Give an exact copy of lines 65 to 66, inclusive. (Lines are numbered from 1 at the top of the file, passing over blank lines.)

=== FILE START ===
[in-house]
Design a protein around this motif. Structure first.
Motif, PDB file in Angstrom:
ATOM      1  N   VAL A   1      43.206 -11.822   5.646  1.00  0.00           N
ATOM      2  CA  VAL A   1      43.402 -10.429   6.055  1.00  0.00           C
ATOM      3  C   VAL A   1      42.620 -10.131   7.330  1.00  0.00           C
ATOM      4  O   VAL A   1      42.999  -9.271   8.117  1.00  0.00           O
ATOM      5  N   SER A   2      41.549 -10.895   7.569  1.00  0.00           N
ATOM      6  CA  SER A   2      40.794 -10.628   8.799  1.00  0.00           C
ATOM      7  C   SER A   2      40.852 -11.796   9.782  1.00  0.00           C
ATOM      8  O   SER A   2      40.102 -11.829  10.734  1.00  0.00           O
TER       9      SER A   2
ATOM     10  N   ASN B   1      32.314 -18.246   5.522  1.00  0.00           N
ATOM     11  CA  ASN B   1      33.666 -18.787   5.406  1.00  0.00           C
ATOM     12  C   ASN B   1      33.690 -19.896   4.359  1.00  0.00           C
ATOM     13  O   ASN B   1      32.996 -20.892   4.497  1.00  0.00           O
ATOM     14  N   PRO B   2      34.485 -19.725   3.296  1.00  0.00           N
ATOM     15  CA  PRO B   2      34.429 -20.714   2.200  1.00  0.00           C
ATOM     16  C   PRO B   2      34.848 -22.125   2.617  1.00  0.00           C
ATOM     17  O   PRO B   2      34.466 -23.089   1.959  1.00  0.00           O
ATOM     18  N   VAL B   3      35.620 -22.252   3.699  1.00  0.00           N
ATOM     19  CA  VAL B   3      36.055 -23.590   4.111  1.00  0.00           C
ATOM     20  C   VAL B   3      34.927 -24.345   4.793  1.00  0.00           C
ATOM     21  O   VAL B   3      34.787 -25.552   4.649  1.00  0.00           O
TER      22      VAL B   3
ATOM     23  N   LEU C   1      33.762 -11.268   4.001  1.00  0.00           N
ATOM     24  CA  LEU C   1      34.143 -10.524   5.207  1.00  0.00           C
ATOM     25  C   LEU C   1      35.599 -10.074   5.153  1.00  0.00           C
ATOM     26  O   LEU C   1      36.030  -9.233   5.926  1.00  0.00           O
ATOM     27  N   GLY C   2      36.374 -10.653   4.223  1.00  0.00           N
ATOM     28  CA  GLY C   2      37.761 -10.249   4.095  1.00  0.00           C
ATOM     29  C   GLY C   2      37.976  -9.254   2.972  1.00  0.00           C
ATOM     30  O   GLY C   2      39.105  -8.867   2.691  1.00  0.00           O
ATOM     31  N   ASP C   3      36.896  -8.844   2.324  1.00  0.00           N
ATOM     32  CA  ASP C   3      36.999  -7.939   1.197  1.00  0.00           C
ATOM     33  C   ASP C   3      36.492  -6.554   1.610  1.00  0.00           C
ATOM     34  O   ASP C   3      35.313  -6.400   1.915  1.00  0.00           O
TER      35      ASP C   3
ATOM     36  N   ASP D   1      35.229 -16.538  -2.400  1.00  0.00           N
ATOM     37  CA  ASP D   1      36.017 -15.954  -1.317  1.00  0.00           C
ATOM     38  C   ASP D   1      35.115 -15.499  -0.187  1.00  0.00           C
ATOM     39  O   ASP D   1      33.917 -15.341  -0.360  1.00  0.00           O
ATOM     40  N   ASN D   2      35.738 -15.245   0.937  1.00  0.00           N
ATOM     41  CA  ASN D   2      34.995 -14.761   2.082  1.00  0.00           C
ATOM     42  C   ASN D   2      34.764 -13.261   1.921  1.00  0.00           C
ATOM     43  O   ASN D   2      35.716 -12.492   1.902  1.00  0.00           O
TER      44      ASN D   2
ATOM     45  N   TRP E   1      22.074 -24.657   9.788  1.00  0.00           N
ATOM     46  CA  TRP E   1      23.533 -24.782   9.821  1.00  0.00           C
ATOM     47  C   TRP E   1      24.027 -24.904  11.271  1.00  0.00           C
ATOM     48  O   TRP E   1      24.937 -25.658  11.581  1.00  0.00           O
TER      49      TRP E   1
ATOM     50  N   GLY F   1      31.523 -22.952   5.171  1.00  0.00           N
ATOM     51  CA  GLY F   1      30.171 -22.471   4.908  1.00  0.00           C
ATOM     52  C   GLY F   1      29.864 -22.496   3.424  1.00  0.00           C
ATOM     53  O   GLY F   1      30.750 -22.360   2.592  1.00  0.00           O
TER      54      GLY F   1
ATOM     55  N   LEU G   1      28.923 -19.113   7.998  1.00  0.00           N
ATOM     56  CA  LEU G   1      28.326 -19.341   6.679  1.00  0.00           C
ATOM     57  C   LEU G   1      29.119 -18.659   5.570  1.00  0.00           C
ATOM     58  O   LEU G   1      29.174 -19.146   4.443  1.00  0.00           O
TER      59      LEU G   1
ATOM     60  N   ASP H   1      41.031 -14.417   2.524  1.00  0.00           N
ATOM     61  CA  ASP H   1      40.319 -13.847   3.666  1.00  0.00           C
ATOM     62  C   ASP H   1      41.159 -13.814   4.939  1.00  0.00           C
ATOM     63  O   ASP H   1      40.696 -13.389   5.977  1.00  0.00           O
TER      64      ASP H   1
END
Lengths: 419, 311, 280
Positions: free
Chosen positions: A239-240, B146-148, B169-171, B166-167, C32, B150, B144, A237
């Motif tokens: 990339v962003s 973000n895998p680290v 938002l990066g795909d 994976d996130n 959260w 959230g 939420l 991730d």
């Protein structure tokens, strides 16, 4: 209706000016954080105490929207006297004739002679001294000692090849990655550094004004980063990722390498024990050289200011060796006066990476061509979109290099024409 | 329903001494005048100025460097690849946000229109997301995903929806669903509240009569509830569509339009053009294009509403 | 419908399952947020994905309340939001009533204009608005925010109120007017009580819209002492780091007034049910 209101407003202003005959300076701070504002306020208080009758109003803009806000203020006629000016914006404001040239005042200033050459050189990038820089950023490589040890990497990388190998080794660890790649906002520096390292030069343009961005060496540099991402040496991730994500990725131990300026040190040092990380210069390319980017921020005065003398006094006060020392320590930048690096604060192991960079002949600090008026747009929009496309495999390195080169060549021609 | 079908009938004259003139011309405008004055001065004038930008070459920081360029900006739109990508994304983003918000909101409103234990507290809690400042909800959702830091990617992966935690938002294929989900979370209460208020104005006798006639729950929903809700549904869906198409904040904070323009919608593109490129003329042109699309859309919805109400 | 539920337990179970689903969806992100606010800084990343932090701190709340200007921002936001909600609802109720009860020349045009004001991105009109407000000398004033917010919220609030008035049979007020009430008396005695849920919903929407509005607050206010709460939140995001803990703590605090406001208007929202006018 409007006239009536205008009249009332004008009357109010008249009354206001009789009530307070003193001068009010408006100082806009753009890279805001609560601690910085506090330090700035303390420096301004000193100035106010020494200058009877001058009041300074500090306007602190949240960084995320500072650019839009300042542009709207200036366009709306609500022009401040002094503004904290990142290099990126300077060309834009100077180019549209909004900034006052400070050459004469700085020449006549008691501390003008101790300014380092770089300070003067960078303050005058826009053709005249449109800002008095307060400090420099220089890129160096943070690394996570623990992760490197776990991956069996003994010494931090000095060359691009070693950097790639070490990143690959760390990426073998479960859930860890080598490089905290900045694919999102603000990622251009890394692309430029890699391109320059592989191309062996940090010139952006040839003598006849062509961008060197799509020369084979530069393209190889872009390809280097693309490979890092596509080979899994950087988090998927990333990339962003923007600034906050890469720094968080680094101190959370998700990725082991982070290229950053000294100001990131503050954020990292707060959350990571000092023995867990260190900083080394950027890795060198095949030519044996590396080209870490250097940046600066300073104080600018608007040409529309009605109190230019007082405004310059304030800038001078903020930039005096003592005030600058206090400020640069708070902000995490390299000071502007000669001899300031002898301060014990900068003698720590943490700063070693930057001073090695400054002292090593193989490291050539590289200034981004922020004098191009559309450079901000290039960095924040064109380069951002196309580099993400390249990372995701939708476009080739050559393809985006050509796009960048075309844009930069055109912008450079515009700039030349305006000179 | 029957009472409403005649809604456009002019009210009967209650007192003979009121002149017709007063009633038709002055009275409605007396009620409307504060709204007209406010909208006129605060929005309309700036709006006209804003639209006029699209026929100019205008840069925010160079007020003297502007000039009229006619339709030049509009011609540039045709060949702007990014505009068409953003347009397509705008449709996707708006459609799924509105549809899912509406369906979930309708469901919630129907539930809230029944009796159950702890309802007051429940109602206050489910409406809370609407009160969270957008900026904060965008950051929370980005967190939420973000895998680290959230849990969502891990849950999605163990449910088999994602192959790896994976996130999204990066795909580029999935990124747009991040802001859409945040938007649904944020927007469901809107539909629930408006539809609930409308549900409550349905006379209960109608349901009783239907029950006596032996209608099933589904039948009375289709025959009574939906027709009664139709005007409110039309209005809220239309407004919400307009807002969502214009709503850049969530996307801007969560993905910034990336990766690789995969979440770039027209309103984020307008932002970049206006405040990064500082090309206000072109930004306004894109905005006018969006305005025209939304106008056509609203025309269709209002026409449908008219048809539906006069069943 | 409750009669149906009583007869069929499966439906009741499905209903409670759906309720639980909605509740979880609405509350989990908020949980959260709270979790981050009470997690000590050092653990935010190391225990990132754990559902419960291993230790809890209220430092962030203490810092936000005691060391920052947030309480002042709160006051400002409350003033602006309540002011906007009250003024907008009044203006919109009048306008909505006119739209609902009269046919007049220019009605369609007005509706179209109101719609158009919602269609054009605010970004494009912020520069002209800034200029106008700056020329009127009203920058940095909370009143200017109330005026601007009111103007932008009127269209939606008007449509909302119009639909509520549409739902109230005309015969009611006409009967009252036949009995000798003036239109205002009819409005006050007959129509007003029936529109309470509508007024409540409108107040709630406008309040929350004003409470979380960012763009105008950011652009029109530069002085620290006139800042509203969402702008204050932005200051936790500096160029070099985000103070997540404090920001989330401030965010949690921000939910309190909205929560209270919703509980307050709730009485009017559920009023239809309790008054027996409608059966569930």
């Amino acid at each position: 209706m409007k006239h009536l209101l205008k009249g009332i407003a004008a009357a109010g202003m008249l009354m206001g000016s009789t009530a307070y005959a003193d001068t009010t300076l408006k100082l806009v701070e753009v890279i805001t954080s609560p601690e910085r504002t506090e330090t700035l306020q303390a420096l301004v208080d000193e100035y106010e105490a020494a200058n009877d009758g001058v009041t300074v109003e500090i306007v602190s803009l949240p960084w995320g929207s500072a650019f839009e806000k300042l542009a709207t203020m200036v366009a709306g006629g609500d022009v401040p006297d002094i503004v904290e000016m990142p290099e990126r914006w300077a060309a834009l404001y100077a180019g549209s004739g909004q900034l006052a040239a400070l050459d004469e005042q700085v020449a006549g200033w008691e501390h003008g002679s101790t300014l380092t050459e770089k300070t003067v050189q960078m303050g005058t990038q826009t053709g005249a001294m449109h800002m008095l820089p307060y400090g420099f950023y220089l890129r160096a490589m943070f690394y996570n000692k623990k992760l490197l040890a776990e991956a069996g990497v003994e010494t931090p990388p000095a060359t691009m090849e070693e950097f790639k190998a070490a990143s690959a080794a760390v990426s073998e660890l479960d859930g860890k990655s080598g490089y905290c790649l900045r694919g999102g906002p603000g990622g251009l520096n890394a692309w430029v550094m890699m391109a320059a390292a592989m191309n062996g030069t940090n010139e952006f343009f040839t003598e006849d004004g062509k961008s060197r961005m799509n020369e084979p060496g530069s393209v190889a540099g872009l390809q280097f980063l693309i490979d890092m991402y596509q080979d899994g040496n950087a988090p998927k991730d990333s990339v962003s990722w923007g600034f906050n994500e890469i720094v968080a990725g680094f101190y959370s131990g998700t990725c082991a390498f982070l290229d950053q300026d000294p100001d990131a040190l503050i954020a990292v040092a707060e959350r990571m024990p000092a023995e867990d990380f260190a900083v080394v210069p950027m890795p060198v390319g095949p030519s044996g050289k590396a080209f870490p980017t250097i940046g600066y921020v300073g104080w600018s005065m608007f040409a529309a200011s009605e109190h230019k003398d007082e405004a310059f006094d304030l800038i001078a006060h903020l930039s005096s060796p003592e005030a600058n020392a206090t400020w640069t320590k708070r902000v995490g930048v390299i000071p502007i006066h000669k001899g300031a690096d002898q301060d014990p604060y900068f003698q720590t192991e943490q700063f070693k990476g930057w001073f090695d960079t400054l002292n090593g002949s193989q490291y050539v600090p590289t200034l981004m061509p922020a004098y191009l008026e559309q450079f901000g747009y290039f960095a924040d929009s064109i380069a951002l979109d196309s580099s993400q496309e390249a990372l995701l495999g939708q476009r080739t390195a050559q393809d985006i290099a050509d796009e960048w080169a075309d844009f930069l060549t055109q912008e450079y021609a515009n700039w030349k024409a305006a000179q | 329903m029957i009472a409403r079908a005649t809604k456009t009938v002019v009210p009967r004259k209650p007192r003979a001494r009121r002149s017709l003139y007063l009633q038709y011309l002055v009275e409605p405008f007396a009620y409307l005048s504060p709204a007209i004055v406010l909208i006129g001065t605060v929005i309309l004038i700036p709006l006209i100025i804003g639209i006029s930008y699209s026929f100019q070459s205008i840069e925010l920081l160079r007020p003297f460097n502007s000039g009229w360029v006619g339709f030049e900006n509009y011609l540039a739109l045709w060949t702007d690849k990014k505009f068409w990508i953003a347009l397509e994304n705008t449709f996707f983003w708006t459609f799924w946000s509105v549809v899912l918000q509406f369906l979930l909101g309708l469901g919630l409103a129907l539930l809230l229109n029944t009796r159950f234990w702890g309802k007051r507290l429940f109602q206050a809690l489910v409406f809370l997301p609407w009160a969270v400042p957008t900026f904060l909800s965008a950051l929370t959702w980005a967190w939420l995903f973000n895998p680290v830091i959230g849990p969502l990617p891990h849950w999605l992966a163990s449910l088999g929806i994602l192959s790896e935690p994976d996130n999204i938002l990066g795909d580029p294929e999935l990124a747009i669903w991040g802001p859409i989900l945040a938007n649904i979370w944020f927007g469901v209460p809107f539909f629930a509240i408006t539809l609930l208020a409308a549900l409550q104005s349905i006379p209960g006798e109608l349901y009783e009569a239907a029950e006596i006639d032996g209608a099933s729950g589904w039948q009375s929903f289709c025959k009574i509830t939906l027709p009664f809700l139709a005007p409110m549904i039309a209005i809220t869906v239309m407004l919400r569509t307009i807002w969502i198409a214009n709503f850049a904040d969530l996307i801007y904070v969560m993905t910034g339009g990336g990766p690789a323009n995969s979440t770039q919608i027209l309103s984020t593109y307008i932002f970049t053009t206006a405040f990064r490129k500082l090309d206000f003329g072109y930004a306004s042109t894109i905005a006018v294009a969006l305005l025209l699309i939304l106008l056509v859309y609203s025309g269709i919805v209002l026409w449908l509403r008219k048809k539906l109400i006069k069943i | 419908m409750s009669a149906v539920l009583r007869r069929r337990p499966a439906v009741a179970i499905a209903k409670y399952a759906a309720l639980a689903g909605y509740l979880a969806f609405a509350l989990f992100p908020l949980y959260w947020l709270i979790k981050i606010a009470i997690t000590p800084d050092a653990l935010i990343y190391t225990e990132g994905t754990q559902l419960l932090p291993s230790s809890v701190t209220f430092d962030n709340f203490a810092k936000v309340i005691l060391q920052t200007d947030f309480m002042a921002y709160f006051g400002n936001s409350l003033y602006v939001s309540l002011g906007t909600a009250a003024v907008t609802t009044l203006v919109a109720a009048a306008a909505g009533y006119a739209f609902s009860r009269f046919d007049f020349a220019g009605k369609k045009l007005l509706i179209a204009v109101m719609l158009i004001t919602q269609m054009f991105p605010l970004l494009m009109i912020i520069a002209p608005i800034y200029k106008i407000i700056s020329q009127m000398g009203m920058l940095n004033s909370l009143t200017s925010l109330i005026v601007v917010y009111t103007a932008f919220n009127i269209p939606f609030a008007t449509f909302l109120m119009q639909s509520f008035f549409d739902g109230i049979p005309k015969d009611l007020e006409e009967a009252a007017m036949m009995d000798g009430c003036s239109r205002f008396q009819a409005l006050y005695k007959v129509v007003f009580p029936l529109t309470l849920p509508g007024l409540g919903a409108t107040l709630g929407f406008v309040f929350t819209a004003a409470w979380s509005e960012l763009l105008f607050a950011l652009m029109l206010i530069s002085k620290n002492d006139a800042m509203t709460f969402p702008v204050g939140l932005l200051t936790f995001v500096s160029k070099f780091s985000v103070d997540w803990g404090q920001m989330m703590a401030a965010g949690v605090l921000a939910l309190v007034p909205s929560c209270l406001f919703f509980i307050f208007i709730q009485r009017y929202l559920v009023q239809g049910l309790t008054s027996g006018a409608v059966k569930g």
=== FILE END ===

ATOM     62  C   ASP H   1      41.159 -13.814   4.939  1.00  0.00           C
ATOM     63  O   ASP H   1      40.696 -13.389   5.977  1.00  0.00           O